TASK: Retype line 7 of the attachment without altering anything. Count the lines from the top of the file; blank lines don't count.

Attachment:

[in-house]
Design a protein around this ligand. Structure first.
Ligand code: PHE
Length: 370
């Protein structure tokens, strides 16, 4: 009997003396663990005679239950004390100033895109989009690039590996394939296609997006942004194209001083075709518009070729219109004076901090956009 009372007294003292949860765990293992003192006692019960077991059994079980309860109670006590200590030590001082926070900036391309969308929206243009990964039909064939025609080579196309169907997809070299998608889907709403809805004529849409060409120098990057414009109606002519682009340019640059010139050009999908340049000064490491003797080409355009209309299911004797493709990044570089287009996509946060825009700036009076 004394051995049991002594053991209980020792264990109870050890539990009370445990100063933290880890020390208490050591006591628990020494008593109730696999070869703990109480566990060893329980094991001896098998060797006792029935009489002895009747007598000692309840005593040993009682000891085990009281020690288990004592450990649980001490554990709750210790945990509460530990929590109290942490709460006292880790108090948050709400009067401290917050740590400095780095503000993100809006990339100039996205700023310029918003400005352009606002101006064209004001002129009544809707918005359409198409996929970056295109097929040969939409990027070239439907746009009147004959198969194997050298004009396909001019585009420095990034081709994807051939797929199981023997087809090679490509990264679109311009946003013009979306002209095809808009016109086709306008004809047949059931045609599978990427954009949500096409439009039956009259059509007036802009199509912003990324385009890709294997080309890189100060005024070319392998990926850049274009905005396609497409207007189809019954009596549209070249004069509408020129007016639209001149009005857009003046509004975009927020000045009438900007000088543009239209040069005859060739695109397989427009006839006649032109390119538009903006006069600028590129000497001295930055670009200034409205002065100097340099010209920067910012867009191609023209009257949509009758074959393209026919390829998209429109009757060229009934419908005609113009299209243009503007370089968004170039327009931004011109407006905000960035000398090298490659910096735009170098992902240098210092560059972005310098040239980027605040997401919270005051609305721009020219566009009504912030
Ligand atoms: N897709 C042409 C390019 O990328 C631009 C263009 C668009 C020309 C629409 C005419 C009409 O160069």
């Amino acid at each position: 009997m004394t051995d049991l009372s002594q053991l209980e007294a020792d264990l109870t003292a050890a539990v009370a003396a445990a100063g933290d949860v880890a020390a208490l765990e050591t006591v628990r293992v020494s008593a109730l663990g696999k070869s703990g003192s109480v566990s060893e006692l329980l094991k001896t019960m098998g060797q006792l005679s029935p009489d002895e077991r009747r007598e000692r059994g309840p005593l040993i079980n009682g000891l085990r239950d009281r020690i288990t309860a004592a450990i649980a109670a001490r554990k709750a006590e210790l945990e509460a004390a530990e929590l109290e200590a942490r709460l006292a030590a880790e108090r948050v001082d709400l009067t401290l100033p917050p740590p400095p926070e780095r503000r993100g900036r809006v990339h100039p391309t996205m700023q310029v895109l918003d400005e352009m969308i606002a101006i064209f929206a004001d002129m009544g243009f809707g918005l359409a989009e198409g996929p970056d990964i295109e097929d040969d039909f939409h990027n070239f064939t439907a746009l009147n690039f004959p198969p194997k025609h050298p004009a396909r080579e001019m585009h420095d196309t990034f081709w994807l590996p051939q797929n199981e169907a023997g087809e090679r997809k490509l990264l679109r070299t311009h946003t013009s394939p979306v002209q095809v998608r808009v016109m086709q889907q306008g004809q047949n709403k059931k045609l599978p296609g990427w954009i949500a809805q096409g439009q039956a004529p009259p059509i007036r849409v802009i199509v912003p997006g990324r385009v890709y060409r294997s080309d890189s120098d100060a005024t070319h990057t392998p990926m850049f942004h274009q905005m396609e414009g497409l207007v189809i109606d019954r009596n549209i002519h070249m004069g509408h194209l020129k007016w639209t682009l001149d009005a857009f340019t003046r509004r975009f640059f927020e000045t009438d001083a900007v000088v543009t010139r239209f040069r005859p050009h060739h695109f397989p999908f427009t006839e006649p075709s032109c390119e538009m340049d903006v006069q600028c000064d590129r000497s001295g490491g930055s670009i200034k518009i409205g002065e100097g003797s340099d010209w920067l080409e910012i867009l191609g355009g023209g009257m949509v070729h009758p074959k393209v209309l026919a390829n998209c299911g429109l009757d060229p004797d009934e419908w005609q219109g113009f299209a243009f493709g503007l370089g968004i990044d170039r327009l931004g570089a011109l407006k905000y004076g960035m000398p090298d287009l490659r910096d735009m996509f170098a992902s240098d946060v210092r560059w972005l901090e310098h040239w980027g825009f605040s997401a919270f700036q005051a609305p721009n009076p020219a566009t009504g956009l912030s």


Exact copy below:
């Amino acid at each position: 009997m004394t051995d049991l009372s002594q053991l209980e007294a020792d264990l109870t003292a050890a539990v009370a003396a445990a100063g933290d949860v880890a020390a208490l765990e050591t006591v628990r293992v020494s008593a109730l663990g696999k070869s703990g003192s109480v566990s060893e006692l329980l094991k001896t019960m098998g060797q006792l005679s029935p009489d002895e077991r009747r007598e000692r059994g309840p005593l040993i079980n009682g000891l085990r239950d009281r020690i288990t309860a004592a450990i649980a109670a001490r554990k709750a006590e210790l945990e509460a004390a530990e929590l109290e200590a942490r709460l006292a030590a880790e108090r948050v001082d709400l009067t401290l100033p917050p740590p400095p926070e780095r503000r993100g900036r809006v990339h100039p391309t996205m700023q310029v895109l918003d400005e352009m969308i606002a101006i064209f929206a004001d002129m009544g243009f809707g918005l359409a989009e198409g996929p970056d990964i295109e097929d040969d039909f939409h990027n070239f064939t439907a746009l009147n690039f004959p198969p194997k025609h050298p004009a396909r080579e001019m585009h420095d196309t990034f081709w994807l590996p051939q797929n199981e169907a023997g087809e090679r997809k490509l990264l679109r070299t311009h946003t013009s394939p979306v002209q095809v998608r808009v016109m086709q889907q306008g004809q047949n709403k059931k045609l599978p296609g990427w954009i949500a809805q096409g439009q039956a004529p009259p059509i007036r849409v802009i199509v912003p997006g990324r385009v890709y060409r294997s080309d890189s120098d100060a005024t070319h990057t392998p990926m850049f942004h274009q905005m396609e414009g497409l207007v189809i109606d019954r009596n549209i002519h070249m004069g509408h194209l020129k007016w639209t682009l001149d009005a857009f340019t003046r509004r975009f640059f927020e000045t009438d001083a900007v000088v543009t010139r239209f040069r005859p050009h060739h695109f397989p999908f427009t006839e006649p075709s032109c390119e538009m340049d903006v006069q600028c000064d590129r000497s001295g490491g930055s670009i200034k518009i409205g002065e100097g003797s340099d010209w920067l080409e910012i867009l191609g355009g023209g009257m949509v070729h009758p074959k393209v209309l026919a390829n998209c299911g429109l009757d060229p004797d009934e419908w005609q219109g113009f299209a243009f493709g503007l370089g968004i990044d170039r327009l931004g570089a011109l407006k905000y004076g960035m000398p090298d287009l490659r910096d735009m996509f170098a992902s240098d946060v210092r560059w972005l901090e310098h040239w980027g825009f605040s997401a919270f700036q005051a609305p721009n009076p020219a566009t009504g956009l912030s």